Four people on a backpacking trip in the Sierra Nevada find more adventure than they ever imagined. Each of them is drawn to the mountains for reasons as diverse as their own lives. Gwen Foster, a counselor for at-risk youth, is struggling with burnout from the demands of her job and with the loss of one of her teens. Real estate agent Oscar Barajas is adjusting to the fall of the housing market and being a single parent. Todd Harris, an attorney, is stuck in a lucrative but unfulfilling career--and in a failing marriage. They are all brought together by their trainer, Tracy Cole, a former athlete with a taste for risky pursuits.

When the hikers start up a pristine mountain trail that hasn't been traveled in years, all they have to guide them is a hand-drawn map of a remote, mysterious place called Lost Canyon. At first, the route past high alpine lakes and under towering, snowcapped peaks offers all the freedom and exhilaration they'd hoped for. But when they stumble onto someone who doesn't want to be found, the group finds itself faced with a series of dangerous conflicts, moral dilemmas, confrontations with nature, and an all-out struggle for survival.

Moving effortlessly between city and wilderness, Lost Canyon explores the ways that race, class, and culture shape experience and perception. It examines the choices good people must face in desperate situations. Set in the grand, wild landscape of the California mountains, Lost Canyon is a story of brewing social tensions and breathtaking adventure that will keep readers on the edge of their seats.
One of the San Francisco Chronicle's 100 Recommended Books of 2015

"Los Angeles is home to many great storytellers, but Nina Revoyr is one of its finest scribes....[Lost Canyon] pulses with both beauty and terror, and the struggles of these characters, their physical and mental reckonings, are enough to make readers sweat without getting off the couch."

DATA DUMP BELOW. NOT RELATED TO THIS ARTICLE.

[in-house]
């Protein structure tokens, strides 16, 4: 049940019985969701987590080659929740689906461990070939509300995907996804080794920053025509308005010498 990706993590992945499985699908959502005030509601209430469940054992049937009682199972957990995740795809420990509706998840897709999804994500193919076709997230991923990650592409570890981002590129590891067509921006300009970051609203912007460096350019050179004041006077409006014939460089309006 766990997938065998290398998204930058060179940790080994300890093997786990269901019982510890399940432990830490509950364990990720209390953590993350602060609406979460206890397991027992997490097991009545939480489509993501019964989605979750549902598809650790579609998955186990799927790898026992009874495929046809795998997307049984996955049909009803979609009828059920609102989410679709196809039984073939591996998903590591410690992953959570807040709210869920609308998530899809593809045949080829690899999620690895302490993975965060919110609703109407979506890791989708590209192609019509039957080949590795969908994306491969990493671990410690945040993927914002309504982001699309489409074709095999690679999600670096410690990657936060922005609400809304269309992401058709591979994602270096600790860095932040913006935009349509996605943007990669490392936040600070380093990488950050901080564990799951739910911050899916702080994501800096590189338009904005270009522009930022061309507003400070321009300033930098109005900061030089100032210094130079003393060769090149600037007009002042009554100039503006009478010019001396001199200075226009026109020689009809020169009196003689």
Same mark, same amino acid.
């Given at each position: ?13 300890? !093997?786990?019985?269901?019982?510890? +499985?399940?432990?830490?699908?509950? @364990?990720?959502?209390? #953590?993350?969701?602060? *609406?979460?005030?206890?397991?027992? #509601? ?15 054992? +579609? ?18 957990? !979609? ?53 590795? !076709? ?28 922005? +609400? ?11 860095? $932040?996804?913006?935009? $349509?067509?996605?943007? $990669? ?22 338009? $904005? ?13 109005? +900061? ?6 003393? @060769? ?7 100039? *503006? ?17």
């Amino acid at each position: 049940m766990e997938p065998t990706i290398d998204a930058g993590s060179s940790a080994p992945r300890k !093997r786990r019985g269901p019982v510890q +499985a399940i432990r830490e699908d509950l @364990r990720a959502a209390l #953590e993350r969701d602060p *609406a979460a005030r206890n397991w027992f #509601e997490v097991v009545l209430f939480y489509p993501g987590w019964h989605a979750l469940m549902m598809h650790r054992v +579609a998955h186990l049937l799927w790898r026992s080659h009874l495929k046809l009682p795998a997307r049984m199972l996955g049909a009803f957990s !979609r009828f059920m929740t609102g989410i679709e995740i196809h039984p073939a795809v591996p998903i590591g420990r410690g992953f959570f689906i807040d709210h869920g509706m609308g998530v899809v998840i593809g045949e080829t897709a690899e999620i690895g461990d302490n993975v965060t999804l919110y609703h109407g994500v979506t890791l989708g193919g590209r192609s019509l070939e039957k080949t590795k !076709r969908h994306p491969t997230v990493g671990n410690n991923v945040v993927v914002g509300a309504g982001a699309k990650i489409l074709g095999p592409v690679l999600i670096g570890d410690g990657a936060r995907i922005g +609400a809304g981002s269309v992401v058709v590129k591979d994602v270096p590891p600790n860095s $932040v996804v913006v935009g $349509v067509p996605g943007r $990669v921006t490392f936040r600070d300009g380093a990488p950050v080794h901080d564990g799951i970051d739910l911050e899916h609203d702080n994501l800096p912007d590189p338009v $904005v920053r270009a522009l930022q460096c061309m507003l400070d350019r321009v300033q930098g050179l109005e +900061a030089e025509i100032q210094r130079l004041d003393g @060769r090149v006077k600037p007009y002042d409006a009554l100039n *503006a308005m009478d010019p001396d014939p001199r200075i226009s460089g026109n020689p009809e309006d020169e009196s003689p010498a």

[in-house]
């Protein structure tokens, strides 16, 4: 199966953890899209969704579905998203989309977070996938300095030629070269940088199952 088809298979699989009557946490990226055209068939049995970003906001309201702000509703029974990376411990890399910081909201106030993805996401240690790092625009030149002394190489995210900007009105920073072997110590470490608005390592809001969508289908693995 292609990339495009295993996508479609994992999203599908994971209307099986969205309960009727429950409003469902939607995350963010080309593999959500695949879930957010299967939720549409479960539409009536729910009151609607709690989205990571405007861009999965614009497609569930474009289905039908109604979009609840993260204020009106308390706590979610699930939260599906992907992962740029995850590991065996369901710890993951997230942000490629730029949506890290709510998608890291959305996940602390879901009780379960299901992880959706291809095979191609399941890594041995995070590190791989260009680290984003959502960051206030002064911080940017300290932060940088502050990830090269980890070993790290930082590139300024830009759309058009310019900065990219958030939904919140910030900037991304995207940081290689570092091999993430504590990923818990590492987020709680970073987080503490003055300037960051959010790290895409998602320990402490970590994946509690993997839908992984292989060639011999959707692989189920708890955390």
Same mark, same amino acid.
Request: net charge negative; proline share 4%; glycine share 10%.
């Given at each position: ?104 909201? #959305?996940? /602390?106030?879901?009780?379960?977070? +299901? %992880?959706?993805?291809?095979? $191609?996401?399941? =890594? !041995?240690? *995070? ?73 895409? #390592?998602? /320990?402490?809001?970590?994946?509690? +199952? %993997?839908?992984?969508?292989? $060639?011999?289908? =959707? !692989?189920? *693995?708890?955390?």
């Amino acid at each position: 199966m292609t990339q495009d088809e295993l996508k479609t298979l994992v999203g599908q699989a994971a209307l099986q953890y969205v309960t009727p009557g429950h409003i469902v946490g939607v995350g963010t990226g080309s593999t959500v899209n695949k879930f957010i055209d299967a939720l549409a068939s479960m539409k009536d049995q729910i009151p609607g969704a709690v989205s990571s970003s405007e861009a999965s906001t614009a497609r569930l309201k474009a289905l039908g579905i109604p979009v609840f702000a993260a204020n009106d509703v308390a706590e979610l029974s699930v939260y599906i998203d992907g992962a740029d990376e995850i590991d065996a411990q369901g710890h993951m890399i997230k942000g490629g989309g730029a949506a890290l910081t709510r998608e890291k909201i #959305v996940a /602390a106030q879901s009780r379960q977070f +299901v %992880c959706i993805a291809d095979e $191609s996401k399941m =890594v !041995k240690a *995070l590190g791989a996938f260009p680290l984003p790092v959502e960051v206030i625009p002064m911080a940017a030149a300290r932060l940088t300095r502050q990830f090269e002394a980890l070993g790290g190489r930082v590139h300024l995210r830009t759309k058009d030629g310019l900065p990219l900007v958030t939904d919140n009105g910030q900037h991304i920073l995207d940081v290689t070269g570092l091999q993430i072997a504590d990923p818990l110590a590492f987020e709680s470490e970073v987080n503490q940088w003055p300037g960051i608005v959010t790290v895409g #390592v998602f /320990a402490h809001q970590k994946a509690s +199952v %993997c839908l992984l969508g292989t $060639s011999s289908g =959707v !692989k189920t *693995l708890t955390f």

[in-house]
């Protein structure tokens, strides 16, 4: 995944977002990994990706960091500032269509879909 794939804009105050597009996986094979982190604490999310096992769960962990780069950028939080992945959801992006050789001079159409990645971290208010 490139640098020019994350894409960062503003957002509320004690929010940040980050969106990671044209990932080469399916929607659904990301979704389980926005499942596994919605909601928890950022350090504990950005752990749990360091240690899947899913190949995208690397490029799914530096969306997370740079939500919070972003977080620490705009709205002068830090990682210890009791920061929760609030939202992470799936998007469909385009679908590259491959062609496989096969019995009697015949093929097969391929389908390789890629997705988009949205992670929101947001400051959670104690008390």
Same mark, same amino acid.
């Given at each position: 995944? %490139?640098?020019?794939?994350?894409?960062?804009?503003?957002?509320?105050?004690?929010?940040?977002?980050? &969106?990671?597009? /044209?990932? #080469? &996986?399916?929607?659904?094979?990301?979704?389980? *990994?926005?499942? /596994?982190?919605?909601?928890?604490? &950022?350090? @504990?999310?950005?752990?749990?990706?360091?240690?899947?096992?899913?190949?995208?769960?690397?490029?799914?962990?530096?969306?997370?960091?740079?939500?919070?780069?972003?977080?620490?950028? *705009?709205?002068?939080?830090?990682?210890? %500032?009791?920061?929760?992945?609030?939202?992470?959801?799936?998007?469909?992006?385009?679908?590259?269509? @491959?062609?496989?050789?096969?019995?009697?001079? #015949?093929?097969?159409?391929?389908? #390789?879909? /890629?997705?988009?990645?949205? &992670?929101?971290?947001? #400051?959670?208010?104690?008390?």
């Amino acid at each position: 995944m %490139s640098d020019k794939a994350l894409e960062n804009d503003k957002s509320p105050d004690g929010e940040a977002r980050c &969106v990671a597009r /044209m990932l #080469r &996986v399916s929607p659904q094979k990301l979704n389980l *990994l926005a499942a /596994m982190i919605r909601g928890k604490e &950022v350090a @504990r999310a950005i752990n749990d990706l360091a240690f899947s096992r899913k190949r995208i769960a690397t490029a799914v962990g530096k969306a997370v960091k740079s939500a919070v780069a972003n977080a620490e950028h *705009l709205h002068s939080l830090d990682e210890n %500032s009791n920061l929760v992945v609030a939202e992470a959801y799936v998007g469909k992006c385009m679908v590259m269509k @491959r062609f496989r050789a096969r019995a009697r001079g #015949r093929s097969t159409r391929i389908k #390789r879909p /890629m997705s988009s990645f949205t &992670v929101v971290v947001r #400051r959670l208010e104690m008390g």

--Los Angeles Times

"Revoyr [is] an edgy and spellbinding writer with an uncanny gift for aligning human struggles with nature's glory and perils....With ravishing descriptions of the magnificent landscape, unrelenting suspense, incisive psychology, and shrewd perspectives on matters of race and gender, Revoyr has created a gripping tale of unintended adventure and profound transformation."
--Booklist, Starred review

"A suspenseful adventure story that explores how people react to danger, uncertainty, fear, and life-or-death choices....This is an exciting, page-turning adventure story that reveals how good people can do things totally contrary to their own moral code, and the conclusion will both surprise and satisfy."
--Publishers Weekly

"Revoyr travels LA's patchwork neighborhoods--delineating gangs and money, color and prejudice--and nicely sketches 'the grand, untamed Sierra.' Like Deliverance, a tense...morality tale formed in the crucible of physical duress."
--Kirkus Reviews

"With a nod to James Dickey's Deliverance...A direct, bangin' read for those interested in how people deal with physical and moral challenges."
--Library Journal

"An exciting blend of literary fiction and thrilling suspense--a harrowing trip into physical danger and a clever meditation on race relations and bravery."
--Shelf Awareness

A Book Riot Quick Pick/Book of the Week for the week of August 28, 2015

"What a pleasure it is seeing characters that live and breathe in the same textured universe that we do....Linked to complicated national issues, imbued with layered representations of Angelenos, [Revoyr] has brought us an intellectually adroit, emotionally nerve-wracking, page-turning thriller."
--Los Angeles Review of Books

"Even at its deadliest, Revoyr makes the high altitude seem mesmerizing....Revoyr has created characters we care for, issues we need to think about, and vistas that linger, making reading her book almost as much of a rush as scaling the sheer, icy rock of the Sierra Nevada."
--San Francisco Chronicle

Four people on a backpacking trip in the Sierra Nevada find more adventure than they ever imagined. Each of them is drawn to the mountains for reasons as diverse as their own lives. Gwen Foster, a counselor for at-risk youth, is struggling with burnout from the demands of her job and with the loss of one of her teens. Real estate agent Oscar Barajas is adjusting to the fall of the housing market and being a single parent. Todd Harris, an attorney, is stuck in a lucrative but unfulfilling career--and in a failing marriage. They are all brought together by their trainer, Tracy Cole, a former athlete with a taste for risky pursuits.